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Frank Lloyd Wright and the House of Wax

Jeffrey Syken

It seems somehow innocuous that a product as mundane and utilitarian as floor wax would be the catalyst for the creation of one of the greatest buildings of the 20th Century, by one of the greatest architects of any century: Frank Lloyd Wright, but that’s exactly what happened. It was the quintessential Wright building, with the “scoundrel genius” at his very best - and worst. What made it all possible was a product called “Glo-Coat” – a self-polishing floor wax introduced by S.C. Johnson & Son in the early 1930s. Its commercial success (at the height of the Great Depression) would allow the grandson of the founder – Hibbard F. Johnson, to pursue his ideals of enlightened capitalism by creating the “greatest office building in the world” for his 250 employees. To do that, he would need the “greatest architect in the world.”

For FLW, the Johnson Wax project came at a critical juncture in his life and career. Nearing seventy, it seemed his best years were behind him, F. Scott Fitzgerald’s lament that: “there are no second acts in American lives,” seemed especially true in his case. In 1932 he and his third wife, Oglivanna, founded the Taliesin Fellowship. The first few years were barren of architectural work and the focus was on establishing the Fellowship, but by 1935 things would change. Edgar Kaufman, Sr. – the wealthy father of an apprentice, asked Wright to design for him a country house in southwestern Pennsylvania. The result was Fallingwater, the greatest building of the 20th Century (according to the American Institute of Architects). On its heels (in 1936) came the commission for the S.C. Johnson Wax & Son Administration Building. FLW’s second act had begun.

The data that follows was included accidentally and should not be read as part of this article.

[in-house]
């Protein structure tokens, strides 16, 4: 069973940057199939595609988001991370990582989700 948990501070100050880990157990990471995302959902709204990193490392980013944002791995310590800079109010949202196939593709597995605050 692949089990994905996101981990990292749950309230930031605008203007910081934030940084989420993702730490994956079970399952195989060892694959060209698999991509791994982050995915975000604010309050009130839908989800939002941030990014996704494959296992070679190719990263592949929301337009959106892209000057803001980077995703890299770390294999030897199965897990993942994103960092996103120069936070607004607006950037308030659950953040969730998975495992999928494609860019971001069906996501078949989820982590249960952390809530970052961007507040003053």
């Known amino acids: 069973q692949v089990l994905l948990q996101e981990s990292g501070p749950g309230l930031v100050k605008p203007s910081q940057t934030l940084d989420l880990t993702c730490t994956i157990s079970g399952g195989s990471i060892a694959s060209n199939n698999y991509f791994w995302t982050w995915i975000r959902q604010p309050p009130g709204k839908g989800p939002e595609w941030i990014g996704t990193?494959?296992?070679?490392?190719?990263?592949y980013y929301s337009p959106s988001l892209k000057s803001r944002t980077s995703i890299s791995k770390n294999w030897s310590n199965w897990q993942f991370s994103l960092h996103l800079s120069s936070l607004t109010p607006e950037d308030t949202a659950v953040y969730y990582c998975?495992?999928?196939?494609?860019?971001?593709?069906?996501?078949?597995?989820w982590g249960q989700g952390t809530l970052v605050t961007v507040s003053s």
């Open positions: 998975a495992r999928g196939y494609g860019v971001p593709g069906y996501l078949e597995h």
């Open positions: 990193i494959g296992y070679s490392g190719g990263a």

When FLW first saw the site - in the industrial South-side of Racine, Wisconsin, he was not impressed. He called it “worthless” and tried to convince H.F. Johnson to move to the country and build there a model corporate campus surrounded by worker’s housing (akin to his cherished Broadacre City “Decentralization” scheme). But Hib Johnson was adamant and Oglivanna warned him that if he didn’t oblige his client, he would lose the all-important commission. He conceded, but in his design for the building he turned everything inward, shutting-out the ugliness of the surroundings and allowing only “the light of heaven” in through an innovative but technically deficient system of Pyrex glass-tube clerestories (a/k/a “Sunbands”) and skylights. In true Wrightian fashion, the building would come in many fold over budget and take three years (rather than the one year predicted) to build – and the roof inevitably leaked; a FLW trademark flaw. But that’s what happens when you leave a work of art out in the rain.

This course includes a multiple-choice quiz at the end, which is designed to enhance the understanding of the course materials.

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